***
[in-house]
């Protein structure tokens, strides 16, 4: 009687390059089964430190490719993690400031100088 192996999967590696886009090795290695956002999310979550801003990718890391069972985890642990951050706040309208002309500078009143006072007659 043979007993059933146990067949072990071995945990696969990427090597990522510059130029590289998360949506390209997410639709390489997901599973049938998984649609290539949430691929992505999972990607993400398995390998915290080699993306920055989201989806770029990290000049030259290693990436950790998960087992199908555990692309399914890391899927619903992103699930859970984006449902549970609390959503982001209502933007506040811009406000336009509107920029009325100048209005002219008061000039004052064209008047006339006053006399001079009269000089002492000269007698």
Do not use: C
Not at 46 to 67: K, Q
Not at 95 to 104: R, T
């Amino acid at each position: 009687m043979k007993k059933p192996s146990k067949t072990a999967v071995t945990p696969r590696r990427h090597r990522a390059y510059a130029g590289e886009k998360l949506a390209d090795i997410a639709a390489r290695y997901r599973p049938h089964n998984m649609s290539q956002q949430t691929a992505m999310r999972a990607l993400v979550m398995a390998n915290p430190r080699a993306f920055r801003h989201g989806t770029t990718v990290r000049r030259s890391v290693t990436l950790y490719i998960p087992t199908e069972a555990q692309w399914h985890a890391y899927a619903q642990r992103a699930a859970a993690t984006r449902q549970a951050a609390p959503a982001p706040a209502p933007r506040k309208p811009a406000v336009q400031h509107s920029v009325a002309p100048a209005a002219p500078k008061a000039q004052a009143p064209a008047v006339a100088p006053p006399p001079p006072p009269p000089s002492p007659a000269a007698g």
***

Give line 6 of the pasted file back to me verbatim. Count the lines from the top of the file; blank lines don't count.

């Amino acid at each position: 009687m043979k007993k059933p192996s146990k067949t072990a999967v071995t945990p696969r590696r990427h090597r990522a390059y510059a130029g590289e886009k998360l949506a390209d090795i997410a639709a390489r290695y997901r599973p049938h089964n998984m649609s290539q956002q949430t691929a992505m999310r999972a990607l993400v979550m398995a390998n915290p430190r080699a993306f920055r801003h989201g989806t770029t990718v990290r000049r030259s890391v290693t990436l950790y490719i998960p087992t199908e069972a555990q692309w399914h985890a890391y899927a619903q642990r992103a699930a859970a993690t984006r449902q549970a951050a609390p959503a982001p706040a209502p933007r506040k309208p811009a406000v336009q400031h509107s920029v009325a002309p100048a209005a002219p500078k008061a000039q004052a009143p064209a008047v006339a100088p006053p006399p001079p006072p009269p000089s002492p007659a000269a007698g």